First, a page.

Poor traffic is not good either, as it means that your product is not working as it should. There may be many reasons for this, such as the lack of keywords, ineffective optimization, slow loading speed, etc. If you noticed that the traffic has become critically low, it’s time to speak to your UI/UX designers and see what design revisions could address the problem.
Invisibility to Google
If people cannot Google you, you don’t exist. If your product remains invisible to the customers because it does not appear on the Google search results, it’s a bad sign. A major rework is essential in such cases.
No Alignment with New Marketing Strategy
Companies often rely on the trial and error method and adjust their marketing strategies with time to get optimal outcomes. If you’ve implemented a major marketing strategy revision lately, you also need to check whether your product fits it. No matter how much you enjoy the product, sometimes it needs more work to bring the best results.
Competitors Look Way Better
Another way to understand whether a redesign is needed is to check the competitors. See what products they offer, how well they function, and, more importantly, whether they look and feel much better than your product. If you see that your product is inferior in many ways, don’t hesitate – redesign is urgently needed until you lose your market share! Keeping up with competitors may feel stressful and resource-consuming, but this is what may help you innovate and remain relevant.
New Product, Redesign, or Status Quo
When issues pile up, and you feel that the product does not correspond to your business goals, you may feel that developing a new one from scratch may be more justified. However, don’t let the emotions take over and be aware of the risks and resource demands:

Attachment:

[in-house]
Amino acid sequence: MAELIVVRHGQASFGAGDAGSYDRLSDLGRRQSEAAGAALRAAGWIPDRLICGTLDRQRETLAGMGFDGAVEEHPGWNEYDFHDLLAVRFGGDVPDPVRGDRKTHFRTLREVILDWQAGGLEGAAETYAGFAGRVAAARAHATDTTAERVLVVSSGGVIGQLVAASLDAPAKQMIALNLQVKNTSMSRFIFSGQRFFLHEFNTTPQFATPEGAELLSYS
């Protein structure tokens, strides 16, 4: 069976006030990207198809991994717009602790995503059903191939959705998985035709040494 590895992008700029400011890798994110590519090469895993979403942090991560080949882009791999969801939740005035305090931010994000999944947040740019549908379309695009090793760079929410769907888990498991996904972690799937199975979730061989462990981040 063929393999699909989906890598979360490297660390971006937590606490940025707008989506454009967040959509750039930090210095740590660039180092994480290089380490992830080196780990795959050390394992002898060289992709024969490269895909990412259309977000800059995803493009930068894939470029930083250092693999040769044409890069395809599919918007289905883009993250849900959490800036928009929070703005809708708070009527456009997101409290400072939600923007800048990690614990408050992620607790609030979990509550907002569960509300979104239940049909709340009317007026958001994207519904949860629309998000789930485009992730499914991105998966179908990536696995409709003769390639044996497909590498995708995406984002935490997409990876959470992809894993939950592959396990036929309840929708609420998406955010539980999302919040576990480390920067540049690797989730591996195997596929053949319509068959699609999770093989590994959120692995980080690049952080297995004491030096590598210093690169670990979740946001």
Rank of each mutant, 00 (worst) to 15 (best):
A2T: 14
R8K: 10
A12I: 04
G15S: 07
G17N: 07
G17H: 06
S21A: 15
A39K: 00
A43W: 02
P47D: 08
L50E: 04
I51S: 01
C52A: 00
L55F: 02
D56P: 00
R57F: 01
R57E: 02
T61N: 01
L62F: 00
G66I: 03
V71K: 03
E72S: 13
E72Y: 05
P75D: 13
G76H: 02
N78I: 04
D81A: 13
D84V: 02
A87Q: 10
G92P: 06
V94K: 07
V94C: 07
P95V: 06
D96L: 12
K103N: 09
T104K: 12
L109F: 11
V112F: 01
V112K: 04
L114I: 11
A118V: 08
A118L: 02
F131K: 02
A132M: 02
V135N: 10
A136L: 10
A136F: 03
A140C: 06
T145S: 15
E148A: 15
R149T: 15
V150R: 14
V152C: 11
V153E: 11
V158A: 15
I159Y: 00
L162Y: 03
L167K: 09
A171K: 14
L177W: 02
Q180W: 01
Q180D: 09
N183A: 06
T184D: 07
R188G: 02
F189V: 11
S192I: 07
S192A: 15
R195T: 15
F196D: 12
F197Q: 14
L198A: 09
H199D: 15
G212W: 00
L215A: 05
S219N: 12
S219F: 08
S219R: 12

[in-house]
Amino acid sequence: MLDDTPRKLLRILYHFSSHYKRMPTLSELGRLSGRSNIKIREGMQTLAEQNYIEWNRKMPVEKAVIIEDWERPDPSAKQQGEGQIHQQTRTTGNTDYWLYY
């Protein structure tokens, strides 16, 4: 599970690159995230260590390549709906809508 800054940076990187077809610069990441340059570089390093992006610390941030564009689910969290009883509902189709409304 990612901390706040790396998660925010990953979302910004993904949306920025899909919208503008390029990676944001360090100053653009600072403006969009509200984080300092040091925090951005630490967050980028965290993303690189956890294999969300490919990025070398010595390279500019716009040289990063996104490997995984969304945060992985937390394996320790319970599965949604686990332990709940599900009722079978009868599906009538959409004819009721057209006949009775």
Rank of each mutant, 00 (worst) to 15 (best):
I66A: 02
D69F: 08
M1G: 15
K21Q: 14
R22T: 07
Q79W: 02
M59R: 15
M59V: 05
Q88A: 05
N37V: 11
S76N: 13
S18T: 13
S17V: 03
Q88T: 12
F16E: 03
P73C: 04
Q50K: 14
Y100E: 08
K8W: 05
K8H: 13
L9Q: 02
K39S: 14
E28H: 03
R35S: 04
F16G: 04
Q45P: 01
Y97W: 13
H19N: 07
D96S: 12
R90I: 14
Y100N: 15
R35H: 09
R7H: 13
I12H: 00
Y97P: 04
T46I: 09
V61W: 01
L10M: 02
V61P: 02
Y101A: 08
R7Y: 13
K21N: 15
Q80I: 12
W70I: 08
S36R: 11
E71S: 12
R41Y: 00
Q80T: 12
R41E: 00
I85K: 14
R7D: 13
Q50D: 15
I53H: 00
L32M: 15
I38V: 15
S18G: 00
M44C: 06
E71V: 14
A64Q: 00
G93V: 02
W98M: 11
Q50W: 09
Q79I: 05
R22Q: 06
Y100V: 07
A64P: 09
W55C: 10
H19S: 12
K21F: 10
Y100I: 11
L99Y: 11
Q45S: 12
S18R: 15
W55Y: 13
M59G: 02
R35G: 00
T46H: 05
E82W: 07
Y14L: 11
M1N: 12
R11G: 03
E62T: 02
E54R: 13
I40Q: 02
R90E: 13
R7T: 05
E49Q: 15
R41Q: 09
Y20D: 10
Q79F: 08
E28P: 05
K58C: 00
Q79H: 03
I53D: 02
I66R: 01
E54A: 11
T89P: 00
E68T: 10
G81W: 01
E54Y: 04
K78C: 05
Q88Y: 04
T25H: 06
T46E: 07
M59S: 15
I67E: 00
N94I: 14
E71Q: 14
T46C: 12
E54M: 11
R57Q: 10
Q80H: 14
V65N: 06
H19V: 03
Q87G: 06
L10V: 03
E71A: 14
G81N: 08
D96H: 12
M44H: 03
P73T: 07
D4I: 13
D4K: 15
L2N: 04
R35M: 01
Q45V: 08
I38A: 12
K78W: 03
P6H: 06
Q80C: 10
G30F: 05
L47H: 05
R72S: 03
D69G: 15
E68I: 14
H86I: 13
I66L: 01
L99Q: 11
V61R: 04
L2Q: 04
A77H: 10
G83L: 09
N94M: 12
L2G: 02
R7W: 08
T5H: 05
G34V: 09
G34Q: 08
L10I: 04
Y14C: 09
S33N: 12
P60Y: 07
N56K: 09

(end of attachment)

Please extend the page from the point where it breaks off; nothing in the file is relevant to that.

- Designing a new product is costly
- It won’t necessarily be better if you fail to find the cases of the first product failure
- Clients will be lost halfway while you create a new product
So, unless a new product is absolutely essential to your company’s survival, try to identify the major issues in your current product design and start addressing them, one step at a time. Your customers will enjoy seeing the progress you make!
Sometimes, neither a redesign nor a new product is financially justified. As long as the product helps you achieve your business goals and leave clients satisfied, you are good. Check the following data:
- Customer engagement
- Customer satisfaction
If you don’t see any alarming signs and the product is working as intended, postpone major redesign until it’s unavoidable.
There are no universal rules as to when product redesign should be considered. However, it generally takes about 2-3 years for the product design to become obsolete. If you upgraded your design several years ago, it’s probably time to assess its functionality and relevance.
Professional help is highly recommended for product redesign. The thing is that there is a ton of data and analytics to be processed to decide on the design improvements, which novice UI/UX designers may not be able to do. The design process itself requires skills and knowledge, meaning that the better the design company you choose, the greater the chances for success are for your product.